North Las Vegas bulldozers rumbled onto Balzar Avenue long before breakfast Aug. 19, crunching concrete, busting up wood beams and making more than enough noise to wake the neighbors.
Nearby Hassel Avenue resident Gary Brown didn’t mind the early morning wake-up call.
He and others hope the dozers — there to raze 20 vacant, arson-plagued homes across several of the city’s most blighted residential blocks — will eventually help wake the whole North Valley neighborhood from its decades-long slumber.
“It’s a start,” Brown said Tuesday. “As a person who has been in the neighborhood, I can tell you — everyone pays every time one of these (homes) burns down.
“When that happens, it sends the message that this is a neighborhood no one cares about. … So I’m glad it’s starting to change. I’m kind of in ‘hurry-up-and-wait’ mode right now.”
City code enforcement officials, backed by $400,000 in federal anti-blight funds, have so far knocked over a pair of homes in and around Brown’s residence. They plan to raze three other abandoned properties in the neighborhood over the next several weeks, part of what officials are calling the largest coordinated demolition effort in North Las Vegas history.
Visits to board up North Valley’s abandoned houses have accounted for a sizable chunk of code compliance officers’ call volume in recent years, leading to the hiring of the city’s only area-specific officer in early 2012.
City firefighters have responded to at least one and as many as three fires at each of the homes set for demolition. Police officers have responded to 142 calls for service at the properties, including one in which a city patrol officer shot and killed a homeless man in March.
Those figures come as no surprise to Brown, a lifelong North Valley resident who has likened his neighborhood’s decline to the decay of similarly blighted housing tracts in Detroit.
The neighborhood Brown grew up in the 1960s was once part of West Las Vegas, home to hundreds of middle class black families redlined into what was then Las Vegas’ westernmost frontier.
Today, the half-mile of homes between Carey Avenue and West Lake Mead Boulevard on the north and south and Simmons Street and North Martin Luther King Boulevard on the west and east — known to some residents as North Valley and to others as the 40 Block — has become a magnet for crime, arson and drug dealing — thanks in no small part to the dozens of abandoned homes city officials started leveling late this month.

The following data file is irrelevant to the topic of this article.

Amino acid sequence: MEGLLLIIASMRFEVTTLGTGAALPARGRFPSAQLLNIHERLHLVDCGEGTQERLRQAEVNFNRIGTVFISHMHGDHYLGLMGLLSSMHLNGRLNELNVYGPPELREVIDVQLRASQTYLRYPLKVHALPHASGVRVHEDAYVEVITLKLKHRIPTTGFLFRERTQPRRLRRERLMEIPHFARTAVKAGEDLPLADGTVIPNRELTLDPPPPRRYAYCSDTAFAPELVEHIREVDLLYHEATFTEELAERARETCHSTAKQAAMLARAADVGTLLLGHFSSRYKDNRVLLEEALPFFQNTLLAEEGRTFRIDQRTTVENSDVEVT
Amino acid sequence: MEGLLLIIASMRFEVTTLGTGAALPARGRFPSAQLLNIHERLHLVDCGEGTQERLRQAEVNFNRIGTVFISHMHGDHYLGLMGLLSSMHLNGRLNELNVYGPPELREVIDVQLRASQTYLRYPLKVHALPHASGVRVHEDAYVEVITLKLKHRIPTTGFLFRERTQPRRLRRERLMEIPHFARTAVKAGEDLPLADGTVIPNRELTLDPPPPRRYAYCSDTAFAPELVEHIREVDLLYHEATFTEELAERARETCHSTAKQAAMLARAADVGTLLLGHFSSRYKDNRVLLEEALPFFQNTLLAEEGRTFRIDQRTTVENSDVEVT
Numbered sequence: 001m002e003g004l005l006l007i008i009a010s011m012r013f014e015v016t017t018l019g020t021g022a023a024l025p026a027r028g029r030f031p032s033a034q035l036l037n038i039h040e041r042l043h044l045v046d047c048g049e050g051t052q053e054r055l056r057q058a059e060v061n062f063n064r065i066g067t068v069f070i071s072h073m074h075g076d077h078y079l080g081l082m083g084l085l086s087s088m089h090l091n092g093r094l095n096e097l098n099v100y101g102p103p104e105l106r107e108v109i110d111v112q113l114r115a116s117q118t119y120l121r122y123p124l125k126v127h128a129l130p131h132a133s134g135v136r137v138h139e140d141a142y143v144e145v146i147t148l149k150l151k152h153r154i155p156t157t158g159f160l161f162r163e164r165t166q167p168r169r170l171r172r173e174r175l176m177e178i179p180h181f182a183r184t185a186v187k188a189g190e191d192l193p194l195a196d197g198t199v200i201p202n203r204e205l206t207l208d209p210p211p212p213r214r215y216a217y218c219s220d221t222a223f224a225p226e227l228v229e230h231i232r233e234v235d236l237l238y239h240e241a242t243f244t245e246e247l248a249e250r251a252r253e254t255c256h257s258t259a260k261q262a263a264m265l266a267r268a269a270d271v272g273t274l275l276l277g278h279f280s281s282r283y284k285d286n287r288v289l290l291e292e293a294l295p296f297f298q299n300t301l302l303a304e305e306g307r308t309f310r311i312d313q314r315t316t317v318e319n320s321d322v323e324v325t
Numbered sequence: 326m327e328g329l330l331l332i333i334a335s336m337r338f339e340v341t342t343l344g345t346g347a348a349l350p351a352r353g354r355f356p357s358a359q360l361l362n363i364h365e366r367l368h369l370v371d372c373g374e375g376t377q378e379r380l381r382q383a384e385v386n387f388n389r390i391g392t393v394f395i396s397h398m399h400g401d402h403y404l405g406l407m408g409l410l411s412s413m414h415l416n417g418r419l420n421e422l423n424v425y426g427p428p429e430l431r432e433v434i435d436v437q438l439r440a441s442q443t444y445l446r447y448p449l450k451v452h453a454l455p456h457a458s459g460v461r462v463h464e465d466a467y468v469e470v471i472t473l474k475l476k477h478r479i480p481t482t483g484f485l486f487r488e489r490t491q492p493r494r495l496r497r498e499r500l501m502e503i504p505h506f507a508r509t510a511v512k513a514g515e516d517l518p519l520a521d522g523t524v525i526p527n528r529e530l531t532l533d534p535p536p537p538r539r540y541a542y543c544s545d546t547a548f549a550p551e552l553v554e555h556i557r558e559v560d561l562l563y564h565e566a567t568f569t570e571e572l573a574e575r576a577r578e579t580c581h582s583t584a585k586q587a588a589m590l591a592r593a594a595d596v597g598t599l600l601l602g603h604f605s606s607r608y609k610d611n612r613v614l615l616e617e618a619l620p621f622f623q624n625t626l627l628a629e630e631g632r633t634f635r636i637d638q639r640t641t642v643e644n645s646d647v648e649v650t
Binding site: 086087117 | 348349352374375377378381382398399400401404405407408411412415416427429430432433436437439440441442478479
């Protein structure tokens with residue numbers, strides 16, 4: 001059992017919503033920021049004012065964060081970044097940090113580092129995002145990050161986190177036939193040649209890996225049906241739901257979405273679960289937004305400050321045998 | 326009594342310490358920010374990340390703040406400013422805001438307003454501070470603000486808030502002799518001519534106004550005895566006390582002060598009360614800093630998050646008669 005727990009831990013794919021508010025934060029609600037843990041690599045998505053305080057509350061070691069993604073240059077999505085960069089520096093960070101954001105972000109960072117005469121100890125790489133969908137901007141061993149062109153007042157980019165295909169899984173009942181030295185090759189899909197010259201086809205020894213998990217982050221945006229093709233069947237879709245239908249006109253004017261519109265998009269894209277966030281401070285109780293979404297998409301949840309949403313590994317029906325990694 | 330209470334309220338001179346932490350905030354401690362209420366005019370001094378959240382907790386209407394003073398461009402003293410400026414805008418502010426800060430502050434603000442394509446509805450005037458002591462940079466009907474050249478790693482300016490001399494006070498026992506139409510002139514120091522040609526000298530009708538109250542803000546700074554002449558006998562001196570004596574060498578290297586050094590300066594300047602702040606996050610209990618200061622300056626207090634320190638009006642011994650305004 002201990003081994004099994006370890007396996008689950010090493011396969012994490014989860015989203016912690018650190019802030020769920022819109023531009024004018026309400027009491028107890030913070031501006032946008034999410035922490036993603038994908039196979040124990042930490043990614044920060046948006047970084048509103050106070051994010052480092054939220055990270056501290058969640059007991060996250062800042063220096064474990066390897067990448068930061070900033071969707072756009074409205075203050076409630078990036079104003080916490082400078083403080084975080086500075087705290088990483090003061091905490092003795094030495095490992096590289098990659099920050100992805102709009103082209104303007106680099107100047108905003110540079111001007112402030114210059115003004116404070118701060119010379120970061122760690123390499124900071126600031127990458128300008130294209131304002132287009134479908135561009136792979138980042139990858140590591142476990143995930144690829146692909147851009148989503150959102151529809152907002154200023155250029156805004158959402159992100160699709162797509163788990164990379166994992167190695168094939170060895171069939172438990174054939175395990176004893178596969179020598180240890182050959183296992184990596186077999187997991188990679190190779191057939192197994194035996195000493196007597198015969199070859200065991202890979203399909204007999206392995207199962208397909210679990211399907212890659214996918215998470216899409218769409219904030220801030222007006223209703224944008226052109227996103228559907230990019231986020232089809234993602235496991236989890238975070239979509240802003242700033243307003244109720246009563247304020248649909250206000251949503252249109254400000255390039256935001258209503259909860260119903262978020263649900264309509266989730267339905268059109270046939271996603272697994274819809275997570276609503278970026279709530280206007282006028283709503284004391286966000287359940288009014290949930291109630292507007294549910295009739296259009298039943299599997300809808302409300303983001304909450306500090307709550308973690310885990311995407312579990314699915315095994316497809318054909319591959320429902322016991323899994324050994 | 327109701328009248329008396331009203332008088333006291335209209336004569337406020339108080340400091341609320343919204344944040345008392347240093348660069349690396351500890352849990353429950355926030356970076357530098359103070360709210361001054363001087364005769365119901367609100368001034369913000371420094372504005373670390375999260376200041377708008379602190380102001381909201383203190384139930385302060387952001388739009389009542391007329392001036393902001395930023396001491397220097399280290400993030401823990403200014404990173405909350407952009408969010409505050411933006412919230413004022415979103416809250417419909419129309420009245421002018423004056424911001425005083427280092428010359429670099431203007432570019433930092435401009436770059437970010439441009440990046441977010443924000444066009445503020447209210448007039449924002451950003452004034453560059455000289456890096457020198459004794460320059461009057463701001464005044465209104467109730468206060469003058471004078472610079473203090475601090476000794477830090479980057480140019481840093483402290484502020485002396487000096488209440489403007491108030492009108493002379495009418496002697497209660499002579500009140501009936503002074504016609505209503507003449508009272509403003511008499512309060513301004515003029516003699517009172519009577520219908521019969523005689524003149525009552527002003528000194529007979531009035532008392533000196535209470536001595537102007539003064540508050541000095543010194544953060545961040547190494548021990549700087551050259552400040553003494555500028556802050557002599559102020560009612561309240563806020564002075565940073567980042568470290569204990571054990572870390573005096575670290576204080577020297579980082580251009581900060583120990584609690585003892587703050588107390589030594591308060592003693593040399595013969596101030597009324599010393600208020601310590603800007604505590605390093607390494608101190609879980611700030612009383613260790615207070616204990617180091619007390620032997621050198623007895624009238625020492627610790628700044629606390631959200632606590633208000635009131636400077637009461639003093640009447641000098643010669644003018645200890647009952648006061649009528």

Neighborhood activists and community leaders estimate North Valley is comprised of around 1,100 homes. Most of those homes were built in the 1950s and 1960s and up to a quarter house someone living below the poverty line.
Brown estimates that up to 40 percent of the homes he grew up around now sit vacant.
He has spent years pressing code enforcement officials to knock over at least some, if not all, of those properties.
Someday, he hopes to see community gardens crop up in their place.
For now — with newly empty lots popping up along the curbside like missing teeth — he would happily settle for a fence.
“If one car is stripped down in one of these lots, that’ll become the zone to do that whenever someone steals a car,” Brown said. “If it’s just an empty lot, it’s going to become a no-man’s land.
“Just put up a six-foot fence around it until they develop it.”
City code compliance officials say they can’t afford to fence around each of the properties scheduled for demolition in the coming weeks, though Community Development and Compliance Director Greg Blackburn said his staffers plan to “keep an eye” on the properties.
They also plan to place liens on the lots in an attempt to recover demolition costs if and when the properties are sold.
Property owners who settle fines with the code compliance department will be given three months to fix up their homes before officials return with a wrecking ball.
Blackburn, who led efforts to secure a federal Neighborhood Stabilization Program grant needed to knock over the vacant homes, had asked for $1 million to take on the city’s blighted homes in November 2013.
He blamed bureaucratic hurdles for the nine-month delay in receiving a portion of those funds, dollars federal Housing and Urban Development officials have doled out to dozens of municipalities hardest-hit by the Great Recession.
After years spent looking for a way to fire up the bulldozers, Blackburn and North Valley residents agree they’ll take what they can get.
“We had no idea how laborious the (federal grant) process was going to be,” he said. “It has been a long time coming. … We work on a lot of things, but this is especially rewarding.”
Contact James DeHaven firstname.lastname@example.org or 702-477-3839. Fnd him on Twitter: @JamesDeHaven.